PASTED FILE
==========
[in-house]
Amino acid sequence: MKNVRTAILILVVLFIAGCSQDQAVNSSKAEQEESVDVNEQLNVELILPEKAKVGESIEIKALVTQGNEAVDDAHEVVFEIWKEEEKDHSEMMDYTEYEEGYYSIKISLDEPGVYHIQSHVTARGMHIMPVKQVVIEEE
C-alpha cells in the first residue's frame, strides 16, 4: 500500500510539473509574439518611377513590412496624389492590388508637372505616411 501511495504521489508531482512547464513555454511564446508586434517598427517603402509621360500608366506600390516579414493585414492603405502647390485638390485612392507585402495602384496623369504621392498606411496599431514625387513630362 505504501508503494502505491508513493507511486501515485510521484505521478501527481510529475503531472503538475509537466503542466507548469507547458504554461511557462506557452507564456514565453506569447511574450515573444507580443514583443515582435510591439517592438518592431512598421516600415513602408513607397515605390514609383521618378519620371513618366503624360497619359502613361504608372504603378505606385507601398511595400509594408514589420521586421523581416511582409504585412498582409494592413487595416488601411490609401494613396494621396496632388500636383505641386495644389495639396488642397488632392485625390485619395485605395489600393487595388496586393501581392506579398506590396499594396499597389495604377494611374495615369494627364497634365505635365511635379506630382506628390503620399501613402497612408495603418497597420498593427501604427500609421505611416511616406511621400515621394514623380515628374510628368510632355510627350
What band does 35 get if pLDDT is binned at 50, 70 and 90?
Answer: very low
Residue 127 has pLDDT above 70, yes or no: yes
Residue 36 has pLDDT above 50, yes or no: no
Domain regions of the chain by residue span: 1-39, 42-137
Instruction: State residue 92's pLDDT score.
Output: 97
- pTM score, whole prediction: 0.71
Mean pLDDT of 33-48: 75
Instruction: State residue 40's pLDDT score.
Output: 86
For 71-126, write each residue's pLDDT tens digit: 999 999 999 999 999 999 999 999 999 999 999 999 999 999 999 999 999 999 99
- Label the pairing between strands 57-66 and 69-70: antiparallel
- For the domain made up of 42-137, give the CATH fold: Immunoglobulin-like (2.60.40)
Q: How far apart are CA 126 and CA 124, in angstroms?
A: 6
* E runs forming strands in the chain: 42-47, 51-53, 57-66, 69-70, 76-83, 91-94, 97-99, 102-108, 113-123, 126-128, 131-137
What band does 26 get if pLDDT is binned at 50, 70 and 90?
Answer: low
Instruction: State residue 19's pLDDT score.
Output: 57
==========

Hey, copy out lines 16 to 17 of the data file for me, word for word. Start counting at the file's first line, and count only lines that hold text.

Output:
- Label the pairing between strands 57-66 and 69-70: antiparallel
- For the domain made up of 42-137, give the CATH fold: Immunoglobulin-like (2.60.40)